The next superpowers: who will hold sway in 2050?

China overtakes the US, India emerges, great power ‘blocs’ rule, or tech giants take over – some of the geopolitical possibilities on the horizon

A military guard in front of Mao Zedong portrait at Tiananmen Monument, 2017
China has grown rapidly to become a powerful global influence
(Image credit: Artur Widak/NurPhoto via Getty Images)

For anyone who grew up in the Cold War, defining what a “superpower” is would be easy.

With the fall of the Berlin Wall three decades ago, the world moved from a bipolar to unipolar one – run by a single superpower – the US. Fifteen years later, “the world changed again – and it got more complicated”, said Foreign Policy. Now “we no longer have multidimensional superpowers – as in, countries that exert global power in every domain”, said the magazine. “Instead, what we have today is multiple world orders, separate but overlapping.”

Is the age of superpowers really over or will the old world order reassert itself – perhaps with new leading players – over the coming decades?

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Will it be the US vs. China?

Despite talk of political polarisation posing an existential threat to US and China’s decades-long “economic miracle” coming to a premature end, few could argue against their continued dominance.

The rise of China has been the big economic and political story of the past 30 years while the US, still the world’s largest economy, is also its “sole security superpower – and will remain so for at least the next decade”, said Foreign Policy.

With tensions between Washington and Beijing at their worst in years, some are predicting an economic – or even military – confrontation sooner rather than later. But, unlike the US and Soviet Union during the Cold War, the US and China today are far too economically interdependent to decouple from each other.

China under President Xi Jinping is the only power that could “challenge the US for supremacy”, reported The Washington Post, “but also increasingly has an interest in preserving the system as such”.

What about India?

With US and European attention fixated on China, “the emergence of its neighbour, India, as a potential new economic superpower may be going under the radar”, said The Guardian.

“There are certainly a number of indications that the future is bright” for India, said Spiegel International. Even as the global economy is stumbling, the International Monetary Fund (IMF) is projecting that India will contribute 15% of global growth in 2023. Last year, India overtook the UK as the world’s fifth largest economy and it is on track to be third behind the US and China by 2030.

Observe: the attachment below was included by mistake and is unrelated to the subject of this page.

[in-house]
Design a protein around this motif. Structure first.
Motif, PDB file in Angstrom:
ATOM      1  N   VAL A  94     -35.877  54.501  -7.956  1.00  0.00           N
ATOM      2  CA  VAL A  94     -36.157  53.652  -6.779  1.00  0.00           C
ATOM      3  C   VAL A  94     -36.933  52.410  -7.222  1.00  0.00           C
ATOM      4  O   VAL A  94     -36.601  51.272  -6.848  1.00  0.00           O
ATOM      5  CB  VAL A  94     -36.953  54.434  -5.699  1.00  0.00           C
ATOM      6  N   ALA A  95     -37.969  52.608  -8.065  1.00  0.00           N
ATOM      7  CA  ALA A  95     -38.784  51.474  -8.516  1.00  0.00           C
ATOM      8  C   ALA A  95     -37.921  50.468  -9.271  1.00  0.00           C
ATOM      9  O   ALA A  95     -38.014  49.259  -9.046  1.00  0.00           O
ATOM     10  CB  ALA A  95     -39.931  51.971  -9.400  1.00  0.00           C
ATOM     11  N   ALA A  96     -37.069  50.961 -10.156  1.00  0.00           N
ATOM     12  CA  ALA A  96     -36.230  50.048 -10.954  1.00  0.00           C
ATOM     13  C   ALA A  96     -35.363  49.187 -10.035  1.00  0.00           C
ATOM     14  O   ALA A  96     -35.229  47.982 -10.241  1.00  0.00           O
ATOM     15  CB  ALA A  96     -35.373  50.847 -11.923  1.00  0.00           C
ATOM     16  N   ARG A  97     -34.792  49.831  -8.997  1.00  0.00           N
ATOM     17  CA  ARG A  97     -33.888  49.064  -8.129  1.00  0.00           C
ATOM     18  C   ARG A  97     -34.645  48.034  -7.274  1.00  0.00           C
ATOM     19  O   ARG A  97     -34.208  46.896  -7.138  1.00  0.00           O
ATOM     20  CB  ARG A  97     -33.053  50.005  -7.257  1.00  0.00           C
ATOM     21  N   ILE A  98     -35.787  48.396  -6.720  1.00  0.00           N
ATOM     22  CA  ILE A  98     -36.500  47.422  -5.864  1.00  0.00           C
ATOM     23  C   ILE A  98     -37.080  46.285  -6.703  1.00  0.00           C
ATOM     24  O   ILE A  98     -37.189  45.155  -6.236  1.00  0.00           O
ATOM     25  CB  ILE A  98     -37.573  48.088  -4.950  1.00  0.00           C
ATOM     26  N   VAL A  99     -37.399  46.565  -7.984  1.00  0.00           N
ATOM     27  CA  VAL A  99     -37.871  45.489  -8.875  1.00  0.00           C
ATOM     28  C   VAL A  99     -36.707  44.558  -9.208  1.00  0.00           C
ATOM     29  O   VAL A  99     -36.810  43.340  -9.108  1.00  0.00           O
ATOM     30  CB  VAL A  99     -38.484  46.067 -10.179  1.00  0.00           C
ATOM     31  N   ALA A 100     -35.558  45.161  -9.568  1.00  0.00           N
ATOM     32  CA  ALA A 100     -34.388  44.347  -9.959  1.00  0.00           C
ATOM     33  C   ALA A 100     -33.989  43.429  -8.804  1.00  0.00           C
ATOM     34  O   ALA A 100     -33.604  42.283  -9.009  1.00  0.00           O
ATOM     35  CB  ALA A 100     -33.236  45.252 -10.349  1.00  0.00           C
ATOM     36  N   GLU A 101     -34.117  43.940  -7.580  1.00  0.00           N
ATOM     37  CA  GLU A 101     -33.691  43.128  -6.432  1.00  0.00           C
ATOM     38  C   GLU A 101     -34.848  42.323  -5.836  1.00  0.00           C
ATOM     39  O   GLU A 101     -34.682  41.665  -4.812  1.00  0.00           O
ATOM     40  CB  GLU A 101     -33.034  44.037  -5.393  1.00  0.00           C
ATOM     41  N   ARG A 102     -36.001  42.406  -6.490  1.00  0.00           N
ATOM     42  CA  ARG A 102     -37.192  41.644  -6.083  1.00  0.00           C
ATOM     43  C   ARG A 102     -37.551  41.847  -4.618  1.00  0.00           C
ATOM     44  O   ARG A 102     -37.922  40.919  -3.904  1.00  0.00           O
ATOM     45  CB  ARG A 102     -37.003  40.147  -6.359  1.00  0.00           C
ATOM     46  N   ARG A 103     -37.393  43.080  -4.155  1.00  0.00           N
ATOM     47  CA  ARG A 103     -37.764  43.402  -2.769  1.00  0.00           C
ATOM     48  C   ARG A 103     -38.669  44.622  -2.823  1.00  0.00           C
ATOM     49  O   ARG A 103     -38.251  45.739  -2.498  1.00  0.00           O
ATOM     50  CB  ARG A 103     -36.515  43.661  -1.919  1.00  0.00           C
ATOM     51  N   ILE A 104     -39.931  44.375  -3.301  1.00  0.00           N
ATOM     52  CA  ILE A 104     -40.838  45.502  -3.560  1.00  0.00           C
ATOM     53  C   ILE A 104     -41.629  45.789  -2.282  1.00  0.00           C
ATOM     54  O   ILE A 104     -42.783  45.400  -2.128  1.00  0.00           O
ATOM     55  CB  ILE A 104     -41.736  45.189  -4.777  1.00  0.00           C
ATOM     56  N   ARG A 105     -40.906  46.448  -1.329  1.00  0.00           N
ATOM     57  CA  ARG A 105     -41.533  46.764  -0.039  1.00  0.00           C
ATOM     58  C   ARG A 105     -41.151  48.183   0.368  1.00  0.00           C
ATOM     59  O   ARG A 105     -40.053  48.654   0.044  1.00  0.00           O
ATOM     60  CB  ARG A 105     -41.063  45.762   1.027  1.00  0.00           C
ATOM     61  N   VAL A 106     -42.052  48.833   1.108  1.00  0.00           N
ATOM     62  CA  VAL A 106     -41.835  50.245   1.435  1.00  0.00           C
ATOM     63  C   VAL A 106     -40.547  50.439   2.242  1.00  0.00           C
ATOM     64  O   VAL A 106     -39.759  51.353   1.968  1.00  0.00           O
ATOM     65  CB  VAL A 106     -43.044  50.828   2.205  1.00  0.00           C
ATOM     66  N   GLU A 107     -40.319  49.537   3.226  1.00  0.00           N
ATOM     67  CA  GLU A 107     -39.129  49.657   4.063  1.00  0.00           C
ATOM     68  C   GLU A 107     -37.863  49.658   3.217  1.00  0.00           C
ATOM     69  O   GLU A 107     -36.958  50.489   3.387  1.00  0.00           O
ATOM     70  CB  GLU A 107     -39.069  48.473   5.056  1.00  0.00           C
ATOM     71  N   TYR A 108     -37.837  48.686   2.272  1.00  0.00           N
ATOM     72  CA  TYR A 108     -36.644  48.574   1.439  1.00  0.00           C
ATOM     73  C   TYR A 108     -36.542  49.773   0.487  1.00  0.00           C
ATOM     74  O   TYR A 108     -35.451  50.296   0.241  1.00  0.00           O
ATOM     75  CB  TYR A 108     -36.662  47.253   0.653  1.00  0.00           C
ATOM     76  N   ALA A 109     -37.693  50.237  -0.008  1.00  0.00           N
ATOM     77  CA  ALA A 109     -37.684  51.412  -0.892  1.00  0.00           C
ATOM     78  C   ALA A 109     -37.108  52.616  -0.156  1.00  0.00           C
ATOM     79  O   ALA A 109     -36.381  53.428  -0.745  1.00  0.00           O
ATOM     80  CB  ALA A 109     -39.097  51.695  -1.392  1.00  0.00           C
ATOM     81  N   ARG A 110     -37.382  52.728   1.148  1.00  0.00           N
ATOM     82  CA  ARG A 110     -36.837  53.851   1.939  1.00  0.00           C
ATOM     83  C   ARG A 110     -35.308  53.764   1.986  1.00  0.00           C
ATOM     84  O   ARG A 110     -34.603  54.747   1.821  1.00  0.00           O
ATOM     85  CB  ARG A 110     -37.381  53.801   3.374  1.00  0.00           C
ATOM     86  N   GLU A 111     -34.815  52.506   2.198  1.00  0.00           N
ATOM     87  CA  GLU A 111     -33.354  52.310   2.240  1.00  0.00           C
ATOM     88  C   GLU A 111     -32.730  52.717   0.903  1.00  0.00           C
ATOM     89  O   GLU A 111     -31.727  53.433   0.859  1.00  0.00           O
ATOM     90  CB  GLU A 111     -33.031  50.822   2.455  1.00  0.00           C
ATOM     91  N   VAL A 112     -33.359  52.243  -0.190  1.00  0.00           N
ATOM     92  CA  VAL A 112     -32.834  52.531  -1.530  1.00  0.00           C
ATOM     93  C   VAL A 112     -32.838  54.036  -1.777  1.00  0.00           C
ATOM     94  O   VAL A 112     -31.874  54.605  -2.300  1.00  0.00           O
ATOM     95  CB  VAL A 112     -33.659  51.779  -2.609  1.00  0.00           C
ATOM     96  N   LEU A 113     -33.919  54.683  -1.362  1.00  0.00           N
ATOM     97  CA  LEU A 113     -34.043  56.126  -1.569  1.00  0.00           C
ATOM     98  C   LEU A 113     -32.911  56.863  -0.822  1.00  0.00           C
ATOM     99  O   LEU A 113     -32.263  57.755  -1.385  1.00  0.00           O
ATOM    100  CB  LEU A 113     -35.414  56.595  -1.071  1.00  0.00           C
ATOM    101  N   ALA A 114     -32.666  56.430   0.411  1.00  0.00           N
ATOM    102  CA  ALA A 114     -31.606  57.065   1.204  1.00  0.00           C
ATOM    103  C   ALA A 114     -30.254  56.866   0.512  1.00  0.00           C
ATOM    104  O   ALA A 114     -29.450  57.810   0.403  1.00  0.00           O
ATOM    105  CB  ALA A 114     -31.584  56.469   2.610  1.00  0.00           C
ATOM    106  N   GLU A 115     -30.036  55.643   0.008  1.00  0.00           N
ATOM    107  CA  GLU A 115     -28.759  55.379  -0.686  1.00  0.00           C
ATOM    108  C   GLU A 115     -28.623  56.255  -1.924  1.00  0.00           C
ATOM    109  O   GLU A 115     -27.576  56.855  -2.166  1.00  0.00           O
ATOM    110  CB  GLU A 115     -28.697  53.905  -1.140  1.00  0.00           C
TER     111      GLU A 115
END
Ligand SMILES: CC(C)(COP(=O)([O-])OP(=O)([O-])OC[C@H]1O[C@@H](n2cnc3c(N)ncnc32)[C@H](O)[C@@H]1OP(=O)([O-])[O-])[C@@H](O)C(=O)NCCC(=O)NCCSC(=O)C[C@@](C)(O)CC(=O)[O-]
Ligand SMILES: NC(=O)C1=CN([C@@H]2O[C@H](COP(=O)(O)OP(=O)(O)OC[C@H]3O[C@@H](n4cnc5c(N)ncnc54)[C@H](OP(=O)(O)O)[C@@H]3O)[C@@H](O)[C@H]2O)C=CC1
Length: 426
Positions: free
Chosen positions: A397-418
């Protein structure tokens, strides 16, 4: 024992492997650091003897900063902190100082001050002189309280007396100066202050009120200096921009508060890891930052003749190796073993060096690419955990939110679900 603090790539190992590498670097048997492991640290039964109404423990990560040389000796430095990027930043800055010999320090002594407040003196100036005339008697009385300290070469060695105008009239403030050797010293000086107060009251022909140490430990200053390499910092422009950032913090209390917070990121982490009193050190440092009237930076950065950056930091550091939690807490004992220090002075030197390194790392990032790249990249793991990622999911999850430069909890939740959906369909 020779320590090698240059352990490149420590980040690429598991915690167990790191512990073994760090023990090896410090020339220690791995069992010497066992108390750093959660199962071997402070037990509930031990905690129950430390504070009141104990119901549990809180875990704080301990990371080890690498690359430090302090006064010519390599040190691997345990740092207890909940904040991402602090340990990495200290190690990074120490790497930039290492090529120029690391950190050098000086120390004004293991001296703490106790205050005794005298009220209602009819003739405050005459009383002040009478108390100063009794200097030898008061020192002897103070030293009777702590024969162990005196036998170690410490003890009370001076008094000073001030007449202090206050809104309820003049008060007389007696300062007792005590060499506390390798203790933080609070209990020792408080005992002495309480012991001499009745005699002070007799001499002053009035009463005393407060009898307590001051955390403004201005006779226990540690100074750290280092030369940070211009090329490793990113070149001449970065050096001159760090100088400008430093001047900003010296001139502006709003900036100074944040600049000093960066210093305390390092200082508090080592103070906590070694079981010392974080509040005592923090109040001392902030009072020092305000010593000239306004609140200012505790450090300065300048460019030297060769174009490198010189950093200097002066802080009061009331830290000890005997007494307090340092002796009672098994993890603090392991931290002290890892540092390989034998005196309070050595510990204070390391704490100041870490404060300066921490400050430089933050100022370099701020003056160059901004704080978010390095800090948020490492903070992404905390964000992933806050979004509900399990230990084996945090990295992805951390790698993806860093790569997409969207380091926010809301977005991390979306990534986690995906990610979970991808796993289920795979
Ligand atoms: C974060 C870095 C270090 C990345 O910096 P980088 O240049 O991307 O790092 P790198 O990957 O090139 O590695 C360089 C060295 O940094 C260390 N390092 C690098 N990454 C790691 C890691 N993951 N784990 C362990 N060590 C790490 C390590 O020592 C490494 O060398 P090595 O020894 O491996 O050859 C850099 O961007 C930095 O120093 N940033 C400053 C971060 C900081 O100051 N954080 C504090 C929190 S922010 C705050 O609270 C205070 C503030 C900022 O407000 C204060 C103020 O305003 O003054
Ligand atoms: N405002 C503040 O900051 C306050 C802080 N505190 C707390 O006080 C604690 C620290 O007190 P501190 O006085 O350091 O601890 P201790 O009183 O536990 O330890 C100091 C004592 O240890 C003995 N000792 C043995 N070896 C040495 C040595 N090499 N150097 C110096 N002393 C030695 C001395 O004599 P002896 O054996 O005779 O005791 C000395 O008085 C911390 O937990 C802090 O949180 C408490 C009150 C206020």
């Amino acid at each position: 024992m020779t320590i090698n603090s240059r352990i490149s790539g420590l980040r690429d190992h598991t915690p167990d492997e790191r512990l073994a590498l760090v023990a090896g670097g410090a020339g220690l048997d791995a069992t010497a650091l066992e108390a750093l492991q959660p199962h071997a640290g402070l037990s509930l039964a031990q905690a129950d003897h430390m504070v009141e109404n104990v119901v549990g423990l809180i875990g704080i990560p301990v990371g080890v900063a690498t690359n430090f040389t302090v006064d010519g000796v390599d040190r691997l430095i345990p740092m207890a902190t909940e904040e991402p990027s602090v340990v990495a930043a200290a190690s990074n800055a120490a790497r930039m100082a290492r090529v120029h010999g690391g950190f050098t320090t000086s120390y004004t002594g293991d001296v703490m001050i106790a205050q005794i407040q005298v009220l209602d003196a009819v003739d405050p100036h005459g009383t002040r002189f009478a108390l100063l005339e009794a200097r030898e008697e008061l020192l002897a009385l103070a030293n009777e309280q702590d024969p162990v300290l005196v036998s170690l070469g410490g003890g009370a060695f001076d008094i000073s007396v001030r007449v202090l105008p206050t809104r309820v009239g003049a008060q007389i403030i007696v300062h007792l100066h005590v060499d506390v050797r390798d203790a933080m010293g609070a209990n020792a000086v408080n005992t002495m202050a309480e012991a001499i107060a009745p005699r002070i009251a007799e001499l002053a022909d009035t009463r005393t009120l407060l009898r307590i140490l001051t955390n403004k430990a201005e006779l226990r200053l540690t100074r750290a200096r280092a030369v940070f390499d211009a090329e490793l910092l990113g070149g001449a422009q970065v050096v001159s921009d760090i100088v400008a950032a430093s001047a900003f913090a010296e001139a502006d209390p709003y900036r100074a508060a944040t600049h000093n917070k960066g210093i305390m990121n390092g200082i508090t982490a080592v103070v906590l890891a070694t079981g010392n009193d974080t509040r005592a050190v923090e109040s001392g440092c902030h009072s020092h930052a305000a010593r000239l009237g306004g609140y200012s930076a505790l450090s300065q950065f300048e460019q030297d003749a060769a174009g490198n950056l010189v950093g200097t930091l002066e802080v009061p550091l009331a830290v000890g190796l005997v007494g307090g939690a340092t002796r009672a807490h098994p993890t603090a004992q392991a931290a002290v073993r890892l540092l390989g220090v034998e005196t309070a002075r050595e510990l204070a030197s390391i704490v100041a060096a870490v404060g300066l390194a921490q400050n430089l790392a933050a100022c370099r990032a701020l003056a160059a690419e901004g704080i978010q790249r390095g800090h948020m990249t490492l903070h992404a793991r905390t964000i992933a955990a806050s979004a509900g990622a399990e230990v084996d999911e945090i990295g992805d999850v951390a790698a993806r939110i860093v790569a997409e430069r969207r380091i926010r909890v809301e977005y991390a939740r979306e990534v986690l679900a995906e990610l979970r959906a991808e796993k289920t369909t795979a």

Then in April it surpassed China to become the most populous nation in the world, now having more than 1.4 billion citizens.

“A key part of India’s continued rise will be its ability to grow its manufacturing sector and challenge China as the world’s No 1 exporter,” said The Guardian. “With a geopolitical wedge opening up between China and the west, India also has the opportunity to grow in reshaped international supply chains,” added the paper.

To do this it will be able to draw not only on a youthful working population – compared to China’s ageing labour force – but also on a large, well-educated, English-speaking middle class. Similarly, while it still has huge problems around poverty and poor infrastructure, it has gone some way to addressing concerns over its sprawling state sector and labyrinthine bureaucracy.

“New Delhi is watching the world’s shifting balance of power with no small amount of satisfaction,” said Spiegel. The question now is whether it can cement its place at the top table.

Could anyone else challenge?

According to The World in 2050 report by PwC, over the next three decades six out of the seven largest economies in the world will be today’s emerging economies, surpassing the US, Japan and Germany.

This opens the door to a world of competing power blocs rather than individual nations, something the EU’s foreign policy chief, Josep Borrell, described as “complex multipolarity”.

In fact, “the world order that seems to be emerging out of the Ukrainian rubble looks an awful lot like that of the Cold War”, said The Washington Post. A “democratic and capitalist First World” – led by the US, EU and the geopolitical “West” from Canada to Japan and Australia – “would once again be facing off against an “autocratic (and vaguely klepto-capitalist or post-communist) Second”, consisting of China, Russia, Iran. The “Third” – covering the non-aligned Global South ranging from India to Brazil and much of Africa – will navigate between these camps “yet again feeling up for grabs, overlooked, resentful and restive”.

Another possibility is one where the next global superpower will in fact be a “system superpower” that is “able to harness the power of technology to shape the global order”, said Bangladesh’s The Daily Star.

In this scenario, unlike every other geopolitical order past and present, “the dominant actors setting rules and exerting power aren’t governments but technology companies”, concluded Foreign Policy. “If that happens, we’ll have a post-Westphalian world – a technopolar order dominated by tech companies as the central players in 21st-century geopolitics.”

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